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Shaheen Bagh plea on ‘ruthless’ eviction

Thousands of protesters had pitched camps from December 15 at Shaheen in protest against the CAA
Security personnel clear the  Shaheen Bagh protest site on Tuesday.

Our Legal Correspondent   |   New Delhi   |   Published 26.03.20, 08:41 PM

Shaheen Bagh protesters have written to Chief Justice of India S.A. Bobde seeking a “fair probe” into the “ruthless” action Delhi police had resorted to with the help of some civilians to evict them on Tuesday in the backdrop of the Covid-19 lockdown.

Thousands of protesters, mostly women and children, had pitched camps from December 15 at Shaheen Bagh, on the west bank of the Yamuna, in protest against the new citizenship matrix.

Several petitioners have moved the Supreme Court seeking their eviction on the ground that the sit-in could spread the coronavirus pandemic.

On the night of March 25, the day after they were evicted, the protesters wrote to Justice Bobde saying most of them had planned to disperse peacefully from March 23 onwards in view of the pandemic.

They said their plan was to leave only a handful of women at the site for continuing a symbolic protest but the police, with the help of some unidentified civilians, used force on the unarmed protesters and dismantled their camps with hydraulic cranes in utter disregard of their fundamental rights.

In the “early hours of the morning of 24.03.2020, huge formations of police forces arrived at Shaheen Bagh and forcibly evicted and detained the few remaining women protesters and some male volunteers”, they wrote in their joint letter to the CJI.

“They also brought cranes and destroyed the main stage and main tent area. Rendering the protesters and their well-wishers even more helpless and fearful, the police ruthlessly destroyed and dismantled our art exhibits on the other side of the road, some of which had come to be very important symbols of hope and resilience for our 100-day resistance.”

The letter said the protesters “understand the need for stricter imposition of curfew and enforcement of pertinent restrictions”. But the “ruthless dismantling and thoughtless destruction of the markers of our physical protest, especially the very structures whose placement is in question in a matter that is sub judice in the SC, reeks of strong vendetta and ill feelings towards our innocent protesters, locals and sympathisers”.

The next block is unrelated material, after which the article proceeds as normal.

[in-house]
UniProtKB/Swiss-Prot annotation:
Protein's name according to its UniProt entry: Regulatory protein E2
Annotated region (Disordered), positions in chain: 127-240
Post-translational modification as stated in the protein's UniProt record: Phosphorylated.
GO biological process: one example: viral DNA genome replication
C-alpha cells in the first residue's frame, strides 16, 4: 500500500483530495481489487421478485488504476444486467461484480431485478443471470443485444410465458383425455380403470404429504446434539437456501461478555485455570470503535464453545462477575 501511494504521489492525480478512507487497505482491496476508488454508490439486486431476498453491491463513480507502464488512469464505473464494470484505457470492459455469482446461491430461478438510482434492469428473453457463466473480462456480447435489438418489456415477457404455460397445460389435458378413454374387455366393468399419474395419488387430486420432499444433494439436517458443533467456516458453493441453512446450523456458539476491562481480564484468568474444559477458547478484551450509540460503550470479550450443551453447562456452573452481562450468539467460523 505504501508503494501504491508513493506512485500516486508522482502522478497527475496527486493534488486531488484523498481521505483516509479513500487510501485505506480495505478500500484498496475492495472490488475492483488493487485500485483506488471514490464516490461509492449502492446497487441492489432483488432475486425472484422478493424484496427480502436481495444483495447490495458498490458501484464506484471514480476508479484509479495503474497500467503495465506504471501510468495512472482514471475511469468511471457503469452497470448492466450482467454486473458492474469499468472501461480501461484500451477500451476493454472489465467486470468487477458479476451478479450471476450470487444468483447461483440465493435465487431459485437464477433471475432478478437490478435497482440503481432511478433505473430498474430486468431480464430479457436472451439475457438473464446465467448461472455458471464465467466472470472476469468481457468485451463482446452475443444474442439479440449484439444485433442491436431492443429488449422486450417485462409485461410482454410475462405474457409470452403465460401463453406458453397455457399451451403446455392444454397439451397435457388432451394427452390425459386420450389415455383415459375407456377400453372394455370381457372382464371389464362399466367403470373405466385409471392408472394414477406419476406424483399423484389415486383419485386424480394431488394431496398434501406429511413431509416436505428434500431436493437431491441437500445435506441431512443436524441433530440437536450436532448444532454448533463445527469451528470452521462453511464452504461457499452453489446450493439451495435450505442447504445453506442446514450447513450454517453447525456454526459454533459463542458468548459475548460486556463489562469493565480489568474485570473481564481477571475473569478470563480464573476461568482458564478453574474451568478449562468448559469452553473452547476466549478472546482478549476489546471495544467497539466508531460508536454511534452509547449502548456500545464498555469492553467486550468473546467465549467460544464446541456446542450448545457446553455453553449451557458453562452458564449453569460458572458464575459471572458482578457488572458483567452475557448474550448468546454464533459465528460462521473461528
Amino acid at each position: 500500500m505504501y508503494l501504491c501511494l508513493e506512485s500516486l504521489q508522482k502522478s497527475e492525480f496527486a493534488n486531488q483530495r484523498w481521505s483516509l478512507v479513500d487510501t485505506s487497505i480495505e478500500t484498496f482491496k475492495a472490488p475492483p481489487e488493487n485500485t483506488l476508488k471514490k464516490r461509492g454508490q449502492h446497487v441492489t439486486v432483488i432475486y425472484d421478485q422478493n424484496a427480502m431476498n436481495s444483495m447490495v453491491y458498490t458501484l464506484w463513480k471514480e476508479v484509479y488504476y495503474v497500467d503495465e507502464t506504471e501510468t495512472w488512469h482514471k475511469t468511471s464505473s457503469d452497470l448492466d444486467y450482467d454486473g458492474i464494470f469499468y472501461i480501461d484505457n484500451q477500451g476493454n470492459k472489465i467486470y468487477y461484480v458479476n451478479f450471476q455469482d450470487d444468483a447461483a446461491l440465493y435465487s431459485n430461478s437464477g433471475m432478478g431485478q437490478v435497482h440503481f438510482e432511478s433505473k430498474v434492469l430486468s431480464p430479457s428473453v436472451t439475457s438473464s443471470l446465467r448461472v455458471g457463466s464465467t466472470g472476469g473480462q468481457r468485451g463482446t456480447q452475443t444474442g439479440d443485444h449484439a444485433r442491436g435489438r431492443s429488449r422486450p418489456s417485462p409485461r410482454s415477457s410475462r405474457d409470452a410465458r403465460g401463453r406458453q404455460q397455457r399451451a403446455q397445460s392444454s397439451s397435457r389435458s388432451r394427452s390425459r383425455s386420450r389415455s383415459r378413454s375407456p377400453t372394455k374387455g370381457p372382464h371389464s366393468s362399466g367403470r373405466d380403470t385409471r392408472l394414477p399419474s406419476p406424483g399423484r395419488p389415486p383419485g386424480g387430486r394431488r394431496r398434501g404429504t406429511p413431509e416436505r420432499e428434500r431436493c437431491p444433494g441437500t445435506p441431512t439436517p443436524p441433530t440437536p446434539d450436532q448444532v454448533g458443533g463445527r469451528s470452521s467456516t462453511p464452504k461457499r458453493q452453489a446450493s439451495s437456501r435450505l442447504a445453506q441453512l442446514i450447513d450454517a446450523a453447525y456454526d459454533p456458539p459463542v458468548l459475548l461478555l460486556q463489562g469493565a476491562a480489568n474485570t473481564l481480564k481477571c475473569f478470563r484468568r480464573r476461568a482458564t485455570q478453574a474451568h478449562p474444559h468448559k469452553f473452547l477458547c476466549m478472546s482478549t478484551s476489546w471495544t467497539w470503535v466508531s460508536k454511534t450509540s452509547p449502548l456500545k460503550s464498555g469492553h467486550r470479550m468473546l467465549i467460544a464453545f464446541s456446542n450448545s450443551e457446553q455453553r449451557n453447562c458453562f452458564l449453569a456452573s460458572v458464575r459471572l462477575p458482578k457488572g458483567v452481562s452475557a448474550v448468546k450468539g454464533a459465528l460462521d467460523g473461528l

The letter said the police action “further heightens distrust and the perception of being uncared for by the state institutions”, and added that the “huge police force and civilian(s) who accumulated to dismantle the tent and remove the remaining protesters added to the crowd”.

The protesters pointed out that the petitions to evict them were pending before the Supreme Court, which was to take up the issue on March 23 but couldn’t because of the lockdown in the capital.

“It is extremely disheartening and faith-rattling to see the unrestrained, almost vindictive force that has been used against our site and the legacy we struggled to create, in spite of these very matters being under the review and scrutiny of the Hon’ble Supreme Court,” the letter said.

“In fact, the police also brought along young civilian men in large numbers to our site (some on tractors) to assist with this forced dismantling. This is deeply unsettling and we demand a fair probe into the involvement of all the unidentified, non-designated and non-police personnel present with the police forces at Shaheen Bagh between the hours of 6-10am on 24.03.2020.”

The protesters said they had faith in the judiciary and so were seeking adequate protection whenever the court hears matters related to the Shaheen Bagh protest.


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